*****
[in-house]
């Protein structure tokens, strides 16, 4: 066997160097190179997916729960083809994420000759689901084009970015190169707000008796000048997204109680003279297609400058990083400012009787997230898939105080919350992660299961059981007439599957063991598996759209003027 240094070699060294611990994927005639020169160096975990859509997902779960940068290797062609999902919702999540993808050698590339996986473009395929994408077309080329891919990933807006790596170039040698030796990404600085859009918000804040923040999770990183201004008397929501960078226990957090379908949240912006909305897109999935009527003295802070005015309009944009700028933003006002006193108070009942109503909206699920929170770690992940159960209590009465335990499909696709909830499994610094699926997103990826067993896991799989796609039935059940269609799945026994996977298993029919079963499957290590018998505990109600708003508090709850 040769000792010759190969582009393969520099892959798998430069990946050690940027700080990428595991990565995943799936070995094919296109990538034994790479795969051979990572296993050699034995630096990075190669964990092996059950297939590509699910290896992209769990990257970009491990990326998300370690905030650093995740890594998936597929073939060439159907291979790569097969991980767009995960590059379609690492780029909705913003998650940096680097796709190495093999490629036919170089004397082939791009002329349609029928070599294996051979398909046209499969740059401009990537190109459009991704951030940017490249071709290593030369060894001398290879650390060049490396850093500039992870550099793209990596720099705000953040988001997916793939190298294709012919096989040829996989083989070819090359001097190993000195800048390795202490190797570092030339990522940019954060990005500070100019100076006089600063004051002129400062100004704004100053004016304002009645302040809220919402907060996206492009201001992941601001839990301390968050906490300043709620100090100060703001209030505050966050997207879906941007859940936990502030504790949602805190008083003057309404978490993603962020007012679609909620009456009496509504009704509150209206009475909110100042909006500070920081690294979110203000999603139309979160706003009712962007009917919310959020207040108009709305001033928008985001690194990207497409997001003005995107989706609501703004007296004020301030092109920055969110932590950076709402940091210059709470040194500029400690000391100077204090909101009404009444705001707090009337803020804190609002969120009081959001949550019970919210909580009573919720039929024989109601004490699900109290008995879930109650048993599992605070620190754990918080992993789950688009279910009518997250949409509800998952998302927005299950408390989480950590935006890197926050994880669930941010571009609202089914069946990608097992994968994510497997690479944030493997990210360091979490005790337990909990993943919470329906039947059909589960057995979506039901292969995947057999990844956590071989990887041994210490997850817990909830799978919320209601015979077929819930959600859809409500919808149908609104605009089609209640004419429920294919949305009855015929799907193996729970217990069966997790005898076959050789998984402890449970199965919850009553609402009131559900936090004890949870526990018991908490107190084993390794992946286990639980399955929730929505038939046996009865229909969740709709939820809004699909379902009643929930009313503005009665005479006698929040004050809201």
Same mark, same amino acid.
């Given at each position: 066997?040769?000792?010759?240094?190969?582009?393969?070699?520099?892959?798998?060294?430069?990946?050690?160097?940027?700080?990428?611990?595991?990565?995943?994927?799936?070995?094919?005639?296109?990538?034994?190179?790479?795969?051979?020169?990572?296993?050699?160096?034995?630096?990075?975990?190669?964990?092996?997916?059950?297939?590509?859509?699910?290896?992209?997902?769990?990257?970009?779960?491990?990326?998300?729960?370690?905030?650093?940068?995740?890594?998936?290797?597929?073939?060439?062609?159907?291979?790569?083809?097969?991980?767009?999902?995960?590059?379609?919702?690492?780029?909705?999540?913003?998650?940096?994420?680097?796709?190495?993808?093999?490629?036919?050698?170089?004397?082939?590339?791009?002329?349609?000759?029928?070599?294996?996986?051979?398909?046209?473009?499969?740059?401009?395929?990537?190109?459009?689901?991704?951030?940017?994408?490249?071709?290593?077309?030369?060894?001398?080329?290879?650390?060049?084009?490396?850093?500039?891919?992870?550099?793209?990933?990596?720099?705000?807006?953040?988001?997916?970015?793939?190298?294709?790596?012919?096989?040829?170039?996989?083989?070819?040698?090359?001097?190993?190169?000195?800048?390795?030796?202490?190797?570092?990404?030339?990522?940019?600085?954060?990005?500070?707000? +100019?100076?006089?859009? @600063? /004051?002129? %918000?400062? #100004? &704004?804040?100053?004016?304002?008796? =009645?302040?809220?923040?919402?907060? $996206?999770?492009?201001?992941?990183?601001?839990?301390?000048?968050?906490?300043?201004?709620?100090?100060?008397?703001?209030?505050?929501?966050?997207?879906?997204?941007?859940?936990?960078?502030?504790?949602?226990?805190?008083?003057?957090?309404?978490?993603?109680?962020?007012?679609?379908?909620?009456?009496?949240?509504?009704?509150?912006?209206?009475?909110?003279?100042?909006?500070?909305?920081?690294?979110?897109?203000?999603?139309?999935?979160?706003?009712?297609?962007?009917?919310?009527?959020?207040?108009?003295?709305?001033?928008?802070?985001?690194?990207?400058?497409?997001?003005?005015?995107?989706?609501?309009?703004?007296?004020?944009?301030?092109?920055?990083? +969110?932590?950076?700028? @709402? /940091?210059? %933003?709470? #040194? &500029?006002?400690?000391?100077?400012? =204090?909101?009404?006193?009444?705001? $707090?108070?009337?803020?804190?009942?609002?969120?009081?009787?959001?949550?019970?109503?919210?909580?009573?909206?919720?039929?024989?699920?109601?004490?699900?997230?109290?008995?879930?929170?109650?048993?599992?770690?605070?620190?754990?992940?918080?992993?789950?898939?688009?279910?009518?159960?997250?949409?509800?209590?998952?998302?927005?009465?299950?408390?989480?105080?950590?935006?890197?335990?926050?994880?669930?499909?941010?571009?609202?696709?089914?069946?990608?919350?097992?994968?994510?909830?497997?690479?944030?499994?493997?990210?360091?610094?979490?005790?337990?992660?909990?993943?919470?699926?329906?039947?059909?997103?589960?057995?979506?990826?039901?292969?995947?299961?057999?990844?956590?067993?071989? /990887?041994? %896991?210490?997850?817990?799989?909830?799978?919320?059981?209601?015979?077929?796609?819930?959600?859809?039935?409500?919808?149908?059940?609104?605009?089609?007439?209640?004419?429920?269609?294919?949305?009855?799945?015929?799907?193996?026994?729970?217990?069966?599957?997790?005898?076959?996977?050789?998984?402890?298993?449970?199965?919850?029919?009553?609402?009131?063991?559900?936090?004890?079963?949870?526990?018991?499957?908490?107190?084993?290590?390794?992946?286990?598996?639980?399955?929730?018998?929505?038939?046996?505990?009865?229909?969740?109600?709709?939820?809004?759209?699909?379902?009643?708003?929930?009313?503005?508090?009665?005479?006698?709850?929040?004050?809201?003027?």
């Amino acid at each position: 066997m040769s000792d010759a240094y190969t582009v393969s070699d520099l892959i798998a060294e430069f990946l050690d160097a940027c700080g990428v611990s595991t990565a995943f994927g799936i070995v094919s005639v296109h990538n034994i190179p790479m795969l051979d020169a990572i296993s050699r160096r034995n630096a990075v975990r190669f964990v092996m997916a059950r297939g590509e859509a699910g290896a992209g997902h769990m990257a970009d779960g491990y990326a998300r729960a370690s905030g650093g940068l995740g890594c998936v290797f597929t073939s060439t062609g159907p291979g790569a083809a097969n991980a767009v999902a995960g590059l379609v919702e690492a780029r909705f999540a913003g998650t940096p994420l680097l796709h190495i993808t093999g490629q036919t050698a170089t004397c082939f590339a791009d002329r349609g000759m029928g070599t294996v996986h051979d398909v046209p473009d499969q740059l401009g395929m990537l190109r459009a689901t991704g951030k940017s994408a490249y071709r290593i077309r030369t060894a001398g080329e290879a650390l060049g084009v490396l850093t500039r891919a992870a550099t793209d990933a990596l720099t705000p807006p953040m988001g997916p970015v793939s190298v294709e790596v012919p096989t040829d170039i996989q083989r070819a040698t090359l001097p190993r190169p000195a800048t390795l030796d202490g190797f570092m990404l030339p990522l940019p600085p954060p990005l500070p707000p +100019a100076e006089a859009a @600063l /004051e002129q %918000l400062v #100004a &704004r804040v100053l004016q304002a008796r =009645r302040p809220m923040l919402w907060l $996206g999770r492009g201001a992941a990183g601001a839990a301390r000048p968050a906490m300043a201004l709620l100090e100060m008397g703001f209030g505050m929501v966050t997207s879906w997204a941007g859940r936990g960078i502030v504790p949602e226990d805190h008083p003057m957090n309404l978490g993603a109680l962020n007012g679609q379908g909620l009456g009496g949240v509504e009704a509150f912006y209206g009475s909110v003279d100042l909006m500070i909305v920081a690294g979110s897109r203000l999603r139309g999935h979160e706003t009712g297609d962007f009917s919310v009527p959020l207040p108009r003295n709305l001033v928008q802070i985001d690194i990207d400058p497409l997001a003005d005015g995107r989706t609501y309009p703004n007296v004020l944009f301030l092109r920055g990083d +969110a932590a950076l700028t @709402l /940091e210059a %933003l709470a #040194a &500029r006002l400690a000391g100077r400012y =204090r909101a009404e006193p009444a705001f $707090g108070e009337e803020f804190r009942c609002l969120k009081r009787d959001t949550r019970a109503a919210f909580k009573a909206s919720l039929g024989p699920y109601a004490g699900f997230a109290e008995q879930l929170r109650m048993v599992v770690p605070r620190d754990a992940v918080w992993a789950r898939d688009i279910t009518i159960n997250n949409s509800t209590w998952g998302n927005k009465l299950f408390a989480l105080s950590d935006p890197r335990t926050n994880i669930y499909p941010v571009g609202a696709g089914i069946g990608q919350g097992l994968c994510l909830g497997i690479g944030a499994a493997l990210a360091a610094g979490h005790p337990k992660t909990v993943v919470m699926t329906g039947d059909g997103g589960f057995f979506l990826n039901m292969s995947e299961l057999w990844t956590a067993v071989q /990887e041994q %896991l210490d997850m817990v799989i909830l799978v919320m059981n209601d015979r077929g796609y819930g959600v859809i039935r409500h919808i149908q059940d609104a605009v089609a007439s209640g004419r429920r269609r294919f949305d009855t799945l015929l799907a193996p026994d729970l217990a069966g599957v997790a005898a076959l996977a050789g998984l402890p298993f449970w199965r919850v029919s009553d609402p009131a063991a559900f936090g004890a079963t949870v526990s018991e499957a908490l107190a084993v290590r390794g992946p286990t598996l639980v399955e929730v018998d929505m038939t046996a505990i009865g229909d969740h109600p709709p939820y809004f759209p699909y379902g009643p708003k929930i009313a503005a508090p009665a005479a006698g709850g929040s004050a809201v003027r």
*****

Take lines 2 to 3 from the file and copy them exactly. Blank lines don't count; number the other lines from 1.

């Protein structure tokens, strides 16, 4: 066997160097190179997916729960083809994420000759689901084009970015190169707000008796000048997204109680003279297609400058990083400012009787997230898939105080919350992660299961059981007439599957063991598996759209003027 240094070699060294611990994927005639020169160096975990859509997902779960940068290797062609999902919702999540993808050698590339996986473009395929994408077309080329891919990933807006790596170039040698030796990404600085859009918000804040923040999770990183201004008397929501960078226990957090379908949240912006909305897109999935009527003295802070005015309009944009700028933003006002006193108070009942109503909206699920929170770690992940159960209590009465335990499909696709909830499994610094699926997103990826067993896991799989796609039935059940269609799945026994996977298993029919079963499957290590018998505990109600708003508090709850 040769000792010759190969582009393969520099892959798998430069990946050690940027700080990428595991990565995943799936070995094919296109990538034994790479795969051979990572296993050699034995630096990075190669964990092996059950297939590509699910290896992209769990990257970009491990990326998300370690905030650093995740890594998936597929073939060439159907291979790569097969991980767009995960590059379609690492780029909705913003998650940096680097796709190495093999490629036919170089004397082939791009002329349609029928070599294996051979398909046209499969740059401009990537190109459009991704951030940017490249071709290593030369060894001398290879650390060049490396850093500039992870550099793209990596720099705000953040988001997916793939190298294709012919096989040829996989083989070819090359001097190993000195800048390795202490190797570092030339990522940019954060990005500070100019100076006089600063004051002129400062100004704004100053004016304002009645302040809220919402907060996206492009201001992941601001839990301390968050906490300043709620100090100060703001209030505050966050997207879906941007859940936990502030504790949602805190008083003057309404978490993603962020007012679609909620009456009496509504009704509150209206009475909110100042909006500070920081690294979110203000999603139309979160706003009712962007009917919310959020207040108009709305001033928008985001690194990207497409997001003005995107989706609501703004007296004020301030092109920055969110932590950076709402940091210059709470040194500029400690000391100077204090909101009404009444705001707090009337803020804190609002969120009081959001949550019970919210909580009573919720039929024989109601004490699900109290008995879930109650048993599992605070620190754990918080992993789950688009279910009518997250949409509800998952998302927005299950408390989480950590935006890197926050994880669930941010571009609202089914069946990608097992994968994510497997690479944030493997990210360091979490005790337990909990993943919470329906039947059909589960057995979506039901292969995947057999990844956590071989990887041994210490997850817990909830799978919320209601015979077929819930959600859809409500919808149908609104605009089609209640004419429920294919949305009855015929799907193996729970217990069966997790005898076959050789998984402890449970199965919850009553609402009131559900936090004890949870526990018991908490107190084993390794992946286990639980399955929730929505038939046996009865229909969740709709939820809004699909379902009643929930009313503005009665005479006698929040004050809201």
Same mark, same amino acid.